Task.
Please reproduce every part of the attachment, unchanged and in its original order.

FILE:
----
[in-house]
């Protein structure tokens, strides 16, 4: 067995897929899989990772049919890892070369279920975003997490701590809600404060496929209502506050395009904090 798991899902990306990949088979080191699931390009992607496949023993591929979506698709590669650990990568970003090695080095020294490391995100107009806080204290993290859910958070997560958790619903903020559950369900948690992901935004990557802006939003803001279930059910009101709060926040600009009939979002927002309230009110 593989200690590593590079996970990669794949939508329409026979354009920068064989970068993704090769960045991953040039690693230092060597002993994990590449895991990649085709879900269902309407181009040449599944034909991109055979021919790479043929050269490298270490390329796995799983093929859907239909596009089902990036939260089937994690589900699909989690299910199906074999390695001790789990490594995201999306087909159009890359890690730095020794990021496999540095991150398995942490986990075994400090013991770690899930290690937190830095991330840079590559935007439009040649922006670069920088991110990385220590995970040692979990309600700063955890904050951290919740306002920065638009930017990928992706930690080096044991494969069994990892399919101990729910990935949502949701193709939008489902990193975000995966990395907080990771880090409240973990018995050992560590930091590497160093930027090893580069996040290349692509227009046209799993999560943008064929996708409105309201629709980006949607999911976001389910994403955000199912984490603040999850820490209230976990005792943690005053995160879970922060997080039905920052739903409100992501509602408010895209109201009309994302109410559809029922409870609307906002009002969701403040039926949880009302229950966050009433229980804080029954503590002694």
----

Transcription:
[in-house]
């Protein structure tokens, strides 16, 4: 067995897929899989990772049919890892070369279920975003997490701590809600404060496929209502506050395009904090 798991899902990306990949088979080191699931390009992607496949023993591929979506698709590669650990990568970003090695080095020294490391995100107009806080204290993290859910958070997560958790619903903020559950369900948690992901935004990557802006939003803001279930059910009101709060926040600009009939979002927002309230009110 593989200690590593590079996970990669794949939508329409026979354009920068064989970068993704090769960045991953040039690693230092060597002993994990590449895991990649085709879900269902309407181009040449599944034909991109055979021919790479043929050269490298270490390329796995799983093929859907239909596009089902990036939260089937994690589900699909989690299910199906074999390695001790789990490594995201999306087909159009890359890690730095020794990021496999540095991150398995942490986990075994400090013991770690899930290690937190830095991330840079590559935007439009040649922006670069920088991110990385220590995970040692979990309600700063955890904050951290919740306002920065638009930017990928992706930690080096044991494969069994990892399919101990729910990935949502949701193709939008489902990193975000995966990395907080990771880090409240973990018995050992560590930091590497160093930027090893580069996040290349692509227009046209799993999560943008064929996708409105309201629709980006949607999911976001389910994403955000199912984490603040999850820490209230976990005792943690005053995160879970922060997080039905920052739903409100992501509602408010895209109201009309994302109410559809029922409870609307906002009002969701403040039926949880009302229950966050009433229980804080029954503590002694």